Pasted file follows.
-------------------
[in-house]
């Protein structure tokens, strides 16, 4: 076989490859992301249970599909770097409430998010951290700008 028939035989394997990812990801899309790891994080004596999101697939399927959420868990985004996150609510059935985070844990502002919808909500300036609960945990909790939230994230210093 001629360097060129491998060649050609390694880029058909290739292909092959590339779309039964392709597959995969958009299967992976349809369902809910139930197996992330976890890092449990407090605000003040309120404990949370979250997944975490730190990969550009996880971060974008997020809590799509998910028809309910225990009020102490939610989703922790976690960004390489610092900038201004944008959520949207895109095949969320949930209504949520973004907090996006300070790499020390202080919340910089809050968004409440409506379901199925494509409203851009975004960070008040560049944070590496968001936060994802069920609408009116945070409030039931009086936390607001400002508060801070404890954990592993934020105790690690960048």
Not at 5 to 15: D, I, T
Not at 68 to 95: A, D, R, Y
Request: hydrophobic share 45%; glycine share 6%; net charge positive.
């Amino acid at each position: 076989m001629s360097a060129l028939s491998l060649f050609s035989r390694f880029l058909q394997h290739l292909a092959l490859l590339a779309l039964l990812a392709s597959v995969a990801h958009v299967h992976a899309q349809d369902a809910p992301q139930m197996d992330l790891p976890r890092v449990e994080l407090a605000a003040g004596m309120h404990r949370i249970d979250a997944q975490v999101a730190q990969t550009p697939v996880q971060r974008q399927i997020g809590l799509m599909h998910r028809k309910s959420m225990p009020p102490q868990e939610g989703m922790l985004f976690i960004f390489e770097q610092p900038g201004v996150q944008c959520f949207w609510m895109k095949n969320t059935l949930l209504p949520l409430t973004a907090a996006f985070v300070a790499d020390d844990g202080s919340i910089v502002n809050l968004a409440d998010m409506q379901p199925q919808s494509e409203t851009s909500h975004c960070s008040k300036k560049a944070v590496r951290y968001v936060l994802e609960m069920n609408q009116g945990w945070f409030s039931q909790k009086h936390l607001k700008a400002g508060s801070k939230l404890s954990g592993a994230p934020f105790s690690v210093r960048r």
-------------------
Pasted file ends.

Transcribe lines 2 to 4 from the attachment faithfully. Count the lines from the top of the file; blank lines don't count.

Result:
């Protein structure tokens, strides 16, 4: 076989490859992301249970599909770097409430998010951290700008 028939035989394997990812990801899309790891994080004596999101697939399927959420868990985004996150609510059935985070844990502002919808909500300036609960945990909790939230994230210093 001629360097060129491998060649050609390694880029058909290739292909092959590339779309039964392709597959995969958009299967992976349809369902809910139930197996992330976890890092449990407090605000003040309120404990949370979250997944975490730190990969550009996880971060974008997020809590799509998910028809309910225990009020102490939610989703922790976690960004390489610092900038201004944008959520949207895109095949969320949930209504949520973004907090996006300070790499020390202080919340910089809050968004409440409506379901199925494509409203851009975004960070008040560049944070590496968001936060994802069920609408009116945070409030039931009086936390607001400002508060801070404890954990592993934020105790690690960048």
Not at 5 to 15: D, I, T
Not at 68 to 95: A, D, R, Y